I ran across an interesting utility the other day. It allows the overlaying of APRS data on top of Google Earth. The utility is called APRSKML, and can be found here. The utility is well documented, and I was able to set it up within minutes. If you’re in the south central BC area, try the following settings (on the APRS IS screen):
- APRS IS Server: va7ylw.ocarc.ca:14580
- “Reconnect on Restart” checked
- “Confirm Reconnect on Restart” unchecked
- Filter: r/49/-119/300
Set your callsign and APRSIS auth code as appropriate. The magic comes in to the filter line (make sure you put something in here – leaving it out will swamp the software with too many stations, and it will eventually crash). The three numbers correspond to lattitude, longitude, and radius.
A fellow ham approached me with a defective Kenwood TM-D700A transciever. The unit showed no signs of life. There was no display, and no response to pressing the power button. The only hint was that the cable between the radio and remote head had recently been repaired.
Luckily, I have the service manual for this radio. It was essential in this repair. After checking the obvious (making sure that power was getting to the radio), I decided to check that power was getting to the remote head. In order for the soft power switch to operate, there is a constant supply to the remote head. There should be 9.66v between pins 1 and 4 of the remote head cable. In this instance, there was no voltage at all. A simple power supply around D903, Q910, Q911 and Q913 creates the 9.66v signal from the raw 13.8v. Again, no voltage at all. The supply is protected by fuse F902. This is a 1.8A tiny surface mount fuse. Without the schematic, I probably wouldn’t have found it. It’s located just below the voice synthesizer connector (see rather bad camera phone picture). I was unable to locate such a tiny surface mount fuse, so I replaced it with a 2A picofuse. I carefully bent the picofuse leads to attach to the original solder pads. A small dab of glue gun glue held the fuse up off of the circuit board to avoid any shorts.
After re-assembling the radio, all functionality checked out. I suspect that the original damage to the head cable caused a short which blew this fuse.
It’s time once again for the CQ WW WPX ham radio contest. I like to participate in contests just to get a few more callsigns in my logbook. However, this time, I’m not sure I’m going to get much chance. We’re picking up a new puppy tonight, and I think spare time is going to be a rare commodity over the next little while. I’ll have to squeeze a few contacts in just so I can say I participated. I’ll post some puppy pictures in my moblog tonight.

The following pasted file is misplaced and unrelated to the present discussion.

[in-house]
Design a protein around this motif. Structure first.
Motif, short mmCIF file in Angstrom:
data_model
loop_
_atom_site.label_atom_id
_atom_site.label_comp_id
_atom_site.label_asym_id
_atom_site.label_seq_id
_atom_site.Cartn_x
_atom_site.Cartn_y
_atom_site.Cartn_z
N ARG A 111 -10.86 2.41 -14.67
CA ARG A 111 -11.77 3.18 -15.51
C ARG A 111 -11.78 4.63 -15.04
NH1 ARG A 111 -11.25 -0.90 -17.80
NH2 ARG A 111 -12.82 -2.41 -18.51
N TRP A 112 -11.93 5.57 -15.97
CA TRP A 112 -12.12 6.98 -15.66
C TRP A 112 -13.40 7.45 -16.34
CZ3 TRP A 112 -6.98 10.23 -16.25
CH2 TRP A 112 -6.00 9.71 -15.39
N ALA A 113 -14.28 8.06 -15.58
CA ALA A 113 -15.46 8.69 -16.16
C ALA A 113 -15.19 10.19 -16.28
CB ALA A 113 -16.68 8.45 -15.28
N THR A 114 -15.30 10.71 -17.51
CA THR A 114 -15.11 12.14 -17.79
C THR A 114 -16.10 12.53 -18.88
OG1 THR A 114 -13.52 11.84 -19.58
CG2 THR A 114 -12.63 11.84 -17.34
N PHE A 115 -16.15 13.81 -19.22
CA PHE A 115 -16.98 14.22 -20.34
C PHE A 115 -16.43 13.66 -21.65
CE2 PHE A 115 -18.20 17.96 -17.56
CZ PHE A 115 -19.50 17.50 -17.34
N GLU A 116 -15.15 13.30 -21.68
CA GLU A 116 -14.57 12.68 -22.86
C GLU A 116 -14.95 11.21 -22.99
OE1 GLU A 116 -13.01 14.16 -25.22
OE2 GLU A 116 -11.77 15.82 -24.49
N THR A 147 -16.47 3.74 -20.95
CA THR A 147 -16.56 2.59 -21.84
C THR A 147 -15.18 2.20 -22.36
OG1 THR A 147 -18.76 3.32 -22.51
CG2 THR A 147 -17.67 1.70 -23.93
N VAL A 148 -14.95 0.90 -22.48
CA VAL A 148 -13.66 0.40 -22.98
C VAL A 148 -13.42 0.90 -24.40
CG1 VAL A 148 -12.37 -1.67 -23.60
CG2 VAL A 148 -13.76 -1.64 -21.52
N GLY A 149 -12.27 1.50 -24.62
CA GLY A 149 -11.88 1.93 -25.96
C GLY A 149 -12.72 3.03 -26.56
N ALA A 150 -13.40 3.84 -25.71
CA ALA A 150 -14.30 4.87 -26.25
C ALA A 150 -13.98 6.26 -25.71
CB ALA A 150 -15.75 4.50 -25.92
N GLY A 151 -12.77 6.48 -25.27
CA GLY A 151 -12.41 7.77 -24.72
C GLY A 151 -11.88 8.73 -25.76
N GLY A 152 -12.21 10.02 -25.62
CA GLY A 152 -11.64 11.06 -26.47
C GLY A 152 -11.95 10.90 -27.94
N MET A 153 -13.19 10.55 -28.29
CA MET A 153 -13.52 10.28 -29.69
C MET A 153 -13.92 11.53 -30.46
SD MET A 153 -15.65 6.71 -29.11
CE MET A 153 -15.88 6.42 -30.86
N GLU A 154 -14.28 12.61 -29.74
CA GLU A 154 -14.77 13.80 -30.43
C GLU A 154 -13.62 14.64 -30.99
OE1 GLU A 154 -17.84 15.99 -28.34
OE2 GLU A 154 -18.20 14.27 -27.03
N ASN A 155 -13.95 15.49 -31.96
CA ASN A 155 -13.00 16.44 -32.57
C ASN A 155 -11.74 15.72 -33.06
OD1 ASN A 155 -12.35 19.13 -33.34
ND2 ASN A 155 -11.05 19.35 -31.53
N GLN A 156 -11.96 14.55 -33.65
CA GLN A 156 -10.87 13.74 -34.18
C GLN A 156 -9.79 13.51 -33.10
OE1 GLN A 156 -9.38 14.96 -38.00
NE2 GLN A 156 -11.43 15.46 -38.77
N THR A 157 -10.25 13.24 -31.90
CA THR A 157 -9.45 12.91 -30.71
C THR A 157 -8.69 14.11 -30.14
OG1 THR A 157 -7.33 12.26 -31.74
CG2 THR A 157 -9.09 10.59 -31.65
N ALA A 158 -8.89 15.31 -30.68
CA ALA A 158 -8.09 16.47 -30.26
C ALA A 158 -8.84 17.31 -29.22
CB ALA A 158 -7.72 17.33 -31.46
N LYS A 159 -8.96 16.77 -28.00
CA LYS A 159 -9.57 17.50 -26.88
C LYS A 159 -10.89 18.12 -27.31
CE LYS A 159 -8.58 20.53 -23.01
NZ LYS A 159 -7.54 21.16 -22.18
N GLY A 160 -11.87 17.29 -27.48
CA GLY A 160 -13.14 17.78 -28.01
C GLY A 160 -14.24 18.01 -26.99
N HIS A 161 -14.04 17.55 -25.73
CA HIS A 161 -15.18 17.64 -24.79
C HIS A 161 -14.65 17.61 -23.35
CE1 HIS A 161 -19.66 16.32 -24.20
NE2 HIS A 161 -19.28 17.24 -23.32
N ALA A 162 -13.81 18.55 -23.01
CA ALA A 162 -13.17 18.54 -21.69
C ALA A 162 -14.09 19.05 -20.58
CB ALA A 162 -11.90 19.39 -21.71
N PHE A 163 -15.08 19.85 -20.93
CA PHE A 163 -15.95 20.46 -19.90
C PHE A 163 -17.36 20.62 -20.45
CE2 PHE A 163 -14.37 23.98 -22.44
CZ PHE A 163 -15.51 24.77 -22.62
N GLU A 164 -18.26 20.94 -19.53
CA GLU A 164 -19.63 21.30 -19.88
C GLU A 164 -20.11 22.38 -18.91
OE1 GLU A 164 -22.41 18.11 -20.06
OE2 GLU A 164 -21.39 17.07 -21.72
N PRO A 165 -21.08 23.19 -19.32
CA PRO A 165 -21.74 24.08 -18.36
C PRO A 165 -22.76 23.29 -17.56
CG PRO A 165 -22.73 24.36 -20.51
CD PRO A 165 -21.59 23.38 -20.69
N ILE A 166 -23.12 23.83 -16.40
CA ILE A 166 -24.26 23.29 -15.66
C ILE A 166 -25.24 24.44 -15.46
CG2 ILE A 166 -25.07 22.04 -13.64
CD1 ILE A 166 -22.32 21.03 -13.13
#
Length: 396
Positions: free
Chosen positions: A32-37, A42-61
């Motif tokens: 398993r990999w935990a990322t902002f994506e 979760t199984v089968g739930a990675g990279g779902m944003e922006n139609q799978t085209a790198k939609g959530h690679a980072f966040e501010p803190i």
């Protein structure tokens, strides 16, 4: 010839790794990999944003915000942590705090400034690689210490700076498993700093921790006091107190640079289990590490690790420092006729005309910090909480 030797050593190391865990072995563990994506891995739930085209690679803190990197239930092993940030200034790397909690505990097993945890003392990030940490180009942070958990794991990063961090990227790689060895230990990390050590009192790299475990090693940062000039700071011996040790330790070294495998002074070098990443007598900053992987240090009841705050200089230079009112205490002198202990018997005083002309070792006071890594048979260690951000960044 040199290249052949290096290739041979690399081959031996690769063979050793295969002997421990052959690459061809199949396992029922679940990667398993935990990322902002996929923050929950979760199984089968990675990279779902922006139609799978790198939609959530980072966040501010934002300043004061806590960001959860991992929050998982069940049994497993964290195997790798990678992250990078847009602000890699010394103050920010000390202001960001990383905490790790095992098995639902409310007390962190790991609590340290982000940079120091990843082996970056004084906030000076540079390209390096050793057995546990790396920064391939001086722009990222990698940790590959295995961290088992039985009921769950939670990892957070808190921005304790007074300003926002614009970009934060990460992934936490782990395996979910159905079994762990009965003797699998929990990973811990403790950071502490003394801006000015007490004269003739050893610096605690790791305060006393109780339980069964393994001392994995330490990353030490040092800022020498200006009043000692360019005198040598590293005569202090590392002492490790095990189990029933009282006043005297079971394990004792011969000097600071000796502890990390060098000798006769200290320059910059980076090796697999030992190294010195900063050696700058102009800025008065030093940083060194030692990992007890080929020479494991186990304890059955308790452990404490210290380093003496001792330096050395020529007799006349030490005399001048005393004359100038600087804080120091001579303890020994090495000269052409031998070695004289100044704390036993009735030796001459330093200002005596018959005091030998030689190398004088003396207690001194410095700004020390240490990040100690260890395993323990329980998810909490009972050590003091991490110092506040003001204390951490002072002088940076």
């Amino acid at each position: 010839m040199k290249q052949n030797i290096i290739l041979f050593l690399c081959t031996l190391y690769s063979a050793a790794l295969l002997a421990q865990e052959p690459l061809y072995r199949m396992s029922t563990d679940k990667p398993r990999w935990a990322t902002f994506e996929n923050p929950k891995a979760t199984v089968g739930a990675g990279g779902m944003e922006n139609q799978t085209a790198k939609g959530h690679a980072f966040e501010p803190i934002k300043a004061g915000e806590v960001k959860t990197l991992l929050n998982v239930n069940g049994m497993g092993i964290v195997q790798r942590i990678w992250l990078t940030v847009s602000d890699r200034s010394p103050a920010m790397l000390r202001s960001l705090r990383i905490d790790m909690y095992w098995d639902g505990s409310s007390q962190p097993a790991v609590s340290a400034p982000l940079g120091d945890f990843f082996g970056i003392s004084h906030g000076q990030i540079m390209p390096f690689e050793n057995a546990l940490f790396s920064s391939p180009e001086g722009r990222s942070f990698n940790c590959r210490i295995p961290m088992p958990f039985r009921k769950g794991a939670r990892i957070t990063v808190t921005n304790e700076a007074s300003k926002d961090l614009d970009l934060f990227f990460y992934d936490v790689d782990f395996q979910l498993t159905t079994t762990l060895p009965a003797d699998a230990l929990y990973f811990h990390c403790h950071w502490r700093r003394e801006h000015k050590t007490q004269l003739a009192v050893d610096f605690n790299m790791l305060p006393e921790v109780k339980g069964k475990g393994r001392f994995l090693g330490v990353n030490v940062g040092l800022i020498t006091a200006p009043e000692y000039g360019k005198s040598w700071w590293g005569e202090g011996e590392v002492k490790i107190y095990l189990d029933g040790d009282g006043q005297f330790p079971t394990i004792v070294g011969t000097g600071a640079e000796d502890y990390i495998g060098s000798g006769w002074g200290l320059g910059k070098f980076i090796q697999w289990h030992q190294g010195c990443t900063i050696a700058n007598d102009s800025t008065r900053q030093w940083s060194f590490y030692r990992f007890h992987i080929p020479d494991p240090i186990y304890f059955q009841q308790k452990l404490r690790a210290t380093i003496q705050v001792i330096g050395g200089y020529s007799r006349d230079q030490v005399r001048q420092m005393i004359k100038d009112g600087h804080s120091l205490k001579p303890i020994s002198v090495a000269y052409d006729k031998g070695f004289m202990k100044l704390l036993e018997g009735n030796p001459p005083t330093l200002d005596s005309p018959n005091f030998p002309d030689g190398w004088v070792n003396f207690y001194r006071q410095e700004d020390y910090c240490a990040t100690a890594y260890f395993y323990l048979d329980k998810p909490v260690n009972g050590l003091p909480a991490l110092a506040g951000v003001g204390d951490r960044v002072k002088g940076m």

I just posted a how-to article describing adding additional analog inputs to a Kantronics TNC. Out ham radio club was installing a new APRS repeater, and had asked if there was any way of monitoring multiple analog values (specifically, two battery banks, the presence or absence of AC mains, and a temperature reading). I spent some time studying the schematics and doing some research on the web. I was unable to find any specific how-to articles other than vague references to using additional CPU pins. After building and testing the circuit, I decided to post an article describing the process for anyone interested in doing the same thing.
I came across this excellent article about the importance of adjusting your TNC output levels to correctly drive your transmitter. Until now, I’ve just basically atached the TNC to the radio, and it just worked. By following the adjustment procedure outlined in the article, I was able to increase the range of my APRS Internet gateway quite significantly.
What a busy couple of days. Last Saturday/Sunday was amater radio’s annual Field Day event. This is a 24 hour event that involves lugging thousands of dollars worth of radio equipment out into the middle of nowhere, and proceed to chant the same incantation (“CQ Field Day, CQ Field Day”) into the microphone for 24 hours, only to gather up all of the equipment and take it home again. The weekend consists of junk food and mosquitoes.
Actually, it’s lots of fun. It’s basically an emergency preparedness exercise, with a big social element thrown in. This year, we were located in Mission Creek Park in Kelowna, BC. This gave us great public exposure, with lots of people asking us questions.
This year was a double-whammy, because right after Field Day was the annual Canada Day contest. This time, we were holed up in our club shack, but the incantation was similar (“CQ Canada Day, CQ Canada Day”). I must admit that this year I sneaked away from the Canada Day contest to grab some decent shut-eye in my own bed.
Now it’s time for me to get back to work…